The Awards for Teaching Excellence are chosen by students, and are given annually to full-time faculty members for outstanding work in the classroom. Award recipients must demonstrate thorough knowledge of their subject matter, solid preparation for class, clear and effective communication, and genuine enthusiasm for their job.
Goodman was recognized for her caring nature and passion for the field of study. Joining the College in 2017, she teaches courses including Introduction to Psychology, Advanced Statistics, Cognitive Processes, and the Motivation and Engagement Seminar, among others. She has also served as an independent study advisor for students, advisor for the Psychology Club, and mentors undergraduates through the College’s Summer Fellows Research Program.
One student nominator said that Goodman is “knowledgeable and passionate about her expertise in cognitive psychology and makes it her goal to share this with her students” adding that “she truly wants her students to feel engaged and interested in the topic and makes the material applicable to the students’ lives.”
Students noted that Goodman is always willing to offer advice, both in and out of the classroom. Calling her a “a professor that understood me, rooted for me, went above and beyond to help me, and who related to me,” one student nominee said she “fights for her students and wants nothing more than for them to do great things and achieve their goals.”
Goodman holds a bachelor’s degree from Fisher, and master’s and doctoral degrees from the University of California Santa Cruz. She is a member of several professional organizations, including the Psychonomic Society, Women in Cognitive Science, and Society for Teaching Psychology, among others.
Cleverley-Thompson, who herself is a graduate of the program she now teaches in, was praised for her “nurturing and supportive classroom style.” She joined the faculty in 2012, teaching courses in qualitative and quantitative research methods, leadership and cultural change, and leadership field experience, among other topics. She also provides executive leadership coaching, career development support, and supervises candidates in their field experiences and dissertation development.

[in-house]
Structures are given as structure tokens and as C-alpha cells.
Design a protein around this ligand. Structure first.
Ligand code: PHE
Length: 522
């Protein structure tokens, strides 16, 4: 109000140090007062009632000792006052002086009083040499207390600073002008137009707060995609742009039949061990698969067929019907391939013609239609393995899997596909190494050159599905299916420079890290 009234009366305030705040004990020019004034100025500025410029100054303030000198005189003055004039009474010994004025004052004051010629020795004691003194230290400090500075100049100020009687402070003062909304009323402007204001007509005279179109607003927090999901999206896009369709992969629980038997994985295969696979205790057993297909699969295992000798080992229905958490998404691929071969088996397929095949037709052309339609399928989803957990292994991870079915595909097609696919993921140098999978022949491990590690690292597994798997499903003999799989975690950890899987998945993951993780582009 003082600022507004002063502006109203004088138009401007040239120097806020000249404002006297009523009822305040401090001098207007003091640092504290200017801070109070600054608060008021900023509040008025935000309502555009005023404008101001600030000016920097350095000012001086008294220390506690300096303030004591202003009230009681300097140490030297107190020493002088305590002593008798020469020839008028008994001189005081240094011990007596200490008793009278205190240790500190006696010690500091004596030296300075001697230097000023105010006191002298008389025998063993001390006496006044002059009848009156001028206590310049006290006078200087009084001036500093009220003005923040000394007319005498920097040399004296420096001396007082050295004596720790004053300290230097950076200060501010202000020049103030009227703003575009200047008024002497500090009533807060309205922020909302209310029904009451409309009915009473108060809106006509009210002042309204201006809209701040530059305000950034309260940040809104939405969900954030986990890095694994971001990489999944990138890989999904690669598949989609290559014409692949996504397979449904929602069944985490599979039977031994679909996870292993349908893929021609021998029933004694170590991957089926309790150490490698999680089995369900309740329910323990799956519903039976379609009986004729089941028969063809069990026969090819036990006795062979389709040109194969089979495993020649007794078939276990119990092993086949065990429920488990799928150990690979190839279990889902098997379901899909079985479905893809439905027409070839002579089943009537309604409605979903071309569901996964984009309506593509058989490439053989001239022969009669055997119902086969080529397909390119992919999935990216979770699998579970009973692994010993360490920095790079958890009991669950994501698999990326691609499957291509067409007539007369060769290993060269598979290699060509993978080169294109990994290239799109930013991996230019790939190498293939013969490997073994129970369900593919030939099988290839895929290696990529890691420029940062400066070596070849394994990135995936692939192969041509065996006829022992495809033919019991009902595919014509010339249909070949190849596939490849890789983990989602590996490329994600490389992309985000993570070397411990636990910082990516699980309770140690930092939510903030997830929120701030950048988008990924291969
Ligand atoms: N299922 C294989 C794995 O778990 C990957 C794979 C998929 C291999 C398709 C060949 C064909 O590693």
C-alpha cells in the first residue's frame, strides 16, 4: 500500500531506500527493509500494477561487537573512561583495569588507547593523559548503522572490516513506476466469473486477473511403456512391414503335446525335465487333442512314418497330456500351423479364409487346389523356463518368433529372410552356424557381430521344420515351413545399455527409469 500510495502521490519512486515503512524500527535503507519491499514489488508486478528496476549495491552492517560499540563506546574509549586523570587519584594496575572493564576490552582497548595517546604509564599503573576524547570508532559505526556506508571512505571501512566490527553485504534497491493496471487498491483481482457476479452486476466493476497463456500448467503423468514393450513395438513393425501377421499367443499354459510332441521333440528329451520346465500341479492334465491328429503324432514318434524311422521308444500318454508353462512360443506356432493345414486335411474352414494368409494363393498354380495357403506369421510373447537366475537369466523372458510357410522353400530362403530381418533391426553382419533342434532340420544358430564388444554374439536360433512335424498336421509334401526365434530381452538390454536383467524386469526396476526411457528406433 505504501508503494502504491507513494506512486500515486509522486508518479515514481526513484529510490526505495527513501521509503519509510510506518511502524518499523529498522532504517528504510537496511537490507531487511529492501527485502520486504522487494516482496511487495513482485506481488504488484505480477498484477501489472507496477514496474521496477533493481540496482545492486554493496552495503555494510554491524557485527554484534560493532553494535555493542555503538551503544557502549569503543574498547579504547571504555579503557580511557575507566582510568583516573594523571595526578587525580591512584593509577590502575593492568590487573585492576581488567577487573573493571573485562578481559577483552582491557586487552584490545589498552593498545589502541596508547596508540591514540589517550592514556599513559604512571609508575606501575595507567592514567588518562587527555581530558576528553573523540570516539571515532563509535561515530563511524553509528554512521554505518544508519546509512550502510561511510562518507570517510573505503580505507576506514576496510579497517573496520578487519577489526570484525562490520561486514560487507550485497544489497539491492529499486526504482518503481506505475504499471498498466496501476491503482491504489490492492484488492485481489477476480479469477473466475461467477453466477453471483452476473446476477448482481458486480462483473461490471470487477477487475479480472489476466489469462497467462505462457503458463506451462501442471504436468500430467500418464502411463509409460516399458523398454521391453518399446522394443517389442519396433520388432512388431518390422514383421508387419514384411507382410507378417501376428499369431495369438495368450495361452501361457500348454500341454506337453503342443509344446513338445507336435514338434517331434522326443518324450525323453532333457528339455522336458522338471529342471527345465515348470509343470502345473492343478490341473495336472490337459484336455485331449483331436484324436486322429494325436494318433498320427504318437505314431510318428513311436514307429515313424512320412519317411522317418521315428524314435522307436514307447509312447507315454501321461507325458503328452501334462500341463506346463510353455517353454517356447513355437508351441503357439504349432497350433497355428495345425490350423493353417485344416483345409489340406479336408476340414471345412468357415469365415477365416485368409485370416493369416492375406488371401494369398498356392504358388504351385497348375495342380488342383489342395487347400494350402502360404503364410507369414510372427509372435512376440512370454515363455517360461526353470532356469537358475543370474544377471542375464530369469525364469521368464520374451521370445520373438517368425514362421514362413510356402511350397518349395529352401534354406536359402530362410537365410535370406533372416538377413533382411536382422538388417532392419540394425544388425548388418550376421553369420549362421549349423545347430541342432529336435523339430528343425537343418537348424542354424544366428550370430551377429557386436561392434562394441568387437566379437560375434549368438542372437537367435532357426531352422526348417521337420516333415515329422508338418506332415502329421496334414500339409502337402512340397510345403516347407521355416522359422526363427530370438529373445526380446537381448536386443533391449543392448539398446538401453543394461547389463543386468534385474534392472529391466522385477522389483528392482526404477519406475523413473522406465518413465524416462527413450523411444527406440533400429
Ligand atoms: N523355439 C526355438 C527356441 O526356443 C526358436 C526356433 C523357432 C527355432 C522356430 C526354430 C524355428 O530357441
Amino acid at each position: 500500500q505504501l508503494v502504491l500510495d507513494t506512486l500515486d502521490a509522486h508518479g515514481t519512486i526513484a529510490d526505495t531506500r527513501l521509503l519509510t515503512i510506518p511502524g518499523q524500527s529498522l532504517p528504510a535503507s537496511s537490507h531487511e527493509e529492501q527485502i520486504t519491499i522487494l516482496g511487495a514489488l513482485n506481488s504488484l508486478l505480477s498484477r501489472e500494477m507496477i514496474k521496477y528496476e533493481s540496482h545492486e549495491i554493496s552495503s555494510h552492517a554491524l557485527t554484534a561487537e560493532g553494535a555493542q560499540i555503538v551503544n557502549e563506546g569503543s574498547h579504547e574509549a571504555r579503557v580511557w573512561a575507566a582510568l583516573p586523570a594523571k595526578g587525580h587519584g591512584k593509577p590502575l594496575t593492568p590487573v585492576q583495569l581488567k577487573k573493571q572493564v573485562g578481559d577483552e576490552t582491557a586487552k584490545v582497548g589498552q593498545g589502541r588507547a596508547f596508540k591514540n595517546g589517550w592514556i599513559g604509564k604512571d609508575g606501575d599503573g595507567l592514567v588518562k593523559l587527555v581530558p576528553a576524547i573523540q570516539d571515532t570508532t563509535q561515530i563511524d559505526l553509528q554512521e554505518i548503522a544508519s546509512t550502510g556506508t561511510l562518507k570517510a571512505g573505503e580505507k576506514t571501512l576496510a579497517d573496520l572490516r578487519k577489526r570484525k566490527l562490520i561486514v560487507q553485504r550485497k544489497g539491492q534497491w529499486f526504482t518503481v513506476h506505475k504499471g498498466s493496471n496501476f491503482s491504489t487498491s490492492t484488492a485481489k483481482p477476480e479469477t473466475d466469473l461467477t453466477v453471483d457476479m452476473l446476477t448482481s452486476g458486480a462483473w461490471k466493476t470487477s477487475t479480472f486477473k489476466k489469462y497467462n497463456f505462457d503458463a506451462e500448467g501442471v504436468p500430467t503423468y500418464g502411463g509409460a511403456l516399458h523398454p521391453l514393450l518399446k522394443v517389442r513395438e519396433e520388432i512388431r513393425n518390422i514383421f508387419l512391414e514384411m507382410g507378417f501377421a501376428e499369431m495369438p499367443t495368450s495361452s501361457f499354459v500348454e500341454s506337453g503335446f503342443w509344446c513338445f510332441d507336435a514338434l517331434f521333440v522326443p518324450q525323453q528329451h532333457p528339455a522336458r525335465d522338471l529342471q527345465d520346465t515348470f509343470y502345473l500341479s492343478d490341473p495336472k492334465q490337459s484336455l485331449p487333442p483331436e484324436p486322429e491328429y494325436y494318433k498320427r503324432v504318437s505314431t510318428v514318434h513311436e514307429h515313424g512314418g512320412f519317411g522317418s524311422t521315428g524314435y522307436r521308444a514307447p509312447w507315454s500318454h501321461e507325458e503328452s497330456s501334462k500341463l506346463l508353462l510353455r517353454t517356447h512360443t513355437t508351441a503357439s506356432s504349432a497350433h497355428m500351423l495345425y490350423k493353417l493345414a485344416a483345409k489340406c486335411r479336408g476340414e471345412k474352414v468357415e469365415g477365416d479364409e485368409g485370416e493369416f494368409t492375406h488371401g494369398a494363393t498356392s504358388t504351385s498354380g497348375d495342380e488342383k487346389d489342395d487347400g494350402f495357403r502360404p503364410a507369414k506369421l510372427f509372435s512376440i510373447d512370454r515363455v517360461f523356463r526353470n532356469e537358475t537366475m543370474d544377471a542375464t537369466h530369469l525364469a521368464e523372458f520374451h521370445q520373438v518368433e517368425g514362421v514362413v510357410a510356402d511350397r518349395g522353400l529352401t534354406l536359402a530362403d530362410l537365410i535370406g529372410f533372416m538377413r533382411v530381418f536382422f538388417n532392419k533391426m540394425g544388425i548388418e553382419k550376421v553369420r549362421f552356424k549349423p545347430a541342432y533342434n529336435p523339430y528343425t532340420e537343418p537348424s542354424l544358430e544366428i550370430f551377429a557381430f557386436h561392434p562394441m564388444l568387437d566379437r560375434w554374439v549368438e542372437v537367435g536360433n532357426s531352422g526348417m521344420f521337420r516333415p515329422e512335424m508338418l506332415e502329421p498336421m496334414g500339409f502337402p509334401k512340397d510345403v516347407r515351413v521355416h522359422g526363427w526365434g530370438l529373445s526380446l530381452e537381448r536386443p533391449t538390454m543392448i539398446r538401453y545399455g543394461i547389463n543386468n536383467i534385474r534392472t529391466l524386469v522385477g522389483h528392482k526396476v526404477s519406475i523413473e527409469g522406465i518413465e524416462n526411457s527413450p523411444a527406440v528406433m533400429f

In their nominations of Cleverley-Thompson, students said she is “flexible and attentive to meet all students’ needs” and “finds new and unique ways to engage students in each lesson.” One student noted that her success as a leader lies in her ability to forge strong interpersonal relationships with students and professors, resulting in respect and credibility.
“The DEXL program is an intense one, and yet all of us understand that Shannon is there to support us and to help push us beyond our comfort zones. Personally, I feel empowered and valued in Dr. Cleverly-Thompson's class, and I know that she wants me to succeed and finish my dissertation just as much as I do,” the student wrote.
In addition to her doctorate, Cleverley-Thompson holds a bachelor’s degree from Washburn University in Topeka, Kansas, and master’s degree from the University of Kansas in Lawrence, Kansas. She also holds several professional certificates in online learning and leadership. She has published several papers and presented at regional and national conferences on the topic of storytelling as a leadership practice.